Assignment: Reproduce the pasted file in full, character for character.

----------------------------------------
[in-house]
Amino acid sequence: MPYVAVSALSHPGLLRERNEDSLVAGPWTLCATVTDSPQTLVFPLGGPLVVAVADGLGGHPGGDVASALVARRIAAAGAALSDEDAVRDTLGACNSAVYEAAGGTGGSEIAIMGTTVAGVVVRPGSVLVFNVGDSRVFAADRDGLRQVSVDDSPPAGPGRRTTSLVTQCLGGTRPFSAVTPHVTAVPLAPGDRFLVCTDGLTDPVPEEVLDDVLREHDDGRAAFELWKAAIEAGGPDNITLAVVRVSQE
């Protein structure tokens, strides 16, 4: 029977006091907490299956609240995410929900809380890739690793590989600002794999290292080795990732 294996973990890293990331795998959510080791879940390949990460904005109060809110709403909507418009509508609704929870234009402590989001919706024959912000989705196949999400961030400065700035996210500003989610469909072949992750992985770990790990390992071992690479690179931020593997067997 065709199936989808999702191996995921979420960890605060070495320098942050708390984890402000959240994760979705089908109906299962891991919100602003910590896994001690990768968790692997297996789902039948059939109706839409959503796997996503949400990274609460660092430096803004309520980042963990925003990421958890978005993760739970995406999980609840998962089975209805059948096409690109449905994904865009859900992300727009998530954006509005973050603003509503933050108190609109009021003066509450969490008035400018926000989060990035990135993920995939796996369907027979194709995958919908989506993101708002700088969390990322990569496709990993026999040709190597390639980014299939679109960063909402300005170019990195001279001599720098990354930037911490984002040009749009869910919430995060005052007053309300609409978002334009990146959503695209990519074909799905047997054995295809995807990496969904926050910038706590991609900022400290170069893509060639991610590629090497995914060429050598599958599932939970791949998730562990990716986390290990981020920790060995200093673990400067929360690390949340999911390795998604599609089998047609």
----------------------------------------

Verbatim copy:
[in-house]
Amino acid sequence: MPYVAVSALSHPGLLRERNEDSLVAGPWTLCATVTDSPQTLVFPLGGPLVVAVADGLGGHPGGDVASALVARRIAAAGAALSDEDAVRDTLGACNSAVYEAAGGTGGSEIAIMGTTVAGVVVRPGSVLVFNVGDSRVFAADRDGLRQVSVDDSPPAGPGRRTTSLVTQCLGGTRPFSAVTPHVTAVPLAPGDRFLVCTDGLTDPVPEEVLDDVLREHDDGRAAFELWKAAIEAGGPDNITLAVVRVSQE
């Protein structure tokens, strides 16, 4: 029977006091907490299956609240995410929900809380890739690793590989600002794999290292080795990732 294996973990890293990331795998959510080791879940390949990460904005109060809110709403909507418009509508609704929870234009402590989001919706024959912000989705196949999400961030400065700035996210500003989610469909072949992750992985770990790990390992071992690479690179931020593997067997 065709199936989808999702191996995921979420960890605060070495320098942050708390984890402000959240994760979705089908109906299962891991919100602003910590896994001690990768968790692997297996789902039948059939109706839409959503796997996503949400990274609460660092430096803004309520980042963990925003990421958890978005993760739970995406999980609840998962089975209805059948096409690109449905994904865009859900992300727009998530954006509005973050603003509503933050108190609109009021003066509450969490008035400018926000989060990035990135993920995939796996369907027979194709995958919908989506993101708002700088969390990322990569496709990993026999040709190597390639980014299939679109960063909402300005170019990195001279001599720098990354930037911490984002040009749009869910919430995060005052007053309300609409978002334009990146959503695209990519074909799905047997054995295809995807990496969904926050910038706590991609900022400290170069893509060639991610590629090497995914060429050598599958599932939970791949998730562990990716986390290990981020920790060995200093673990400067929360690390949340999911390795998604599609089998047609």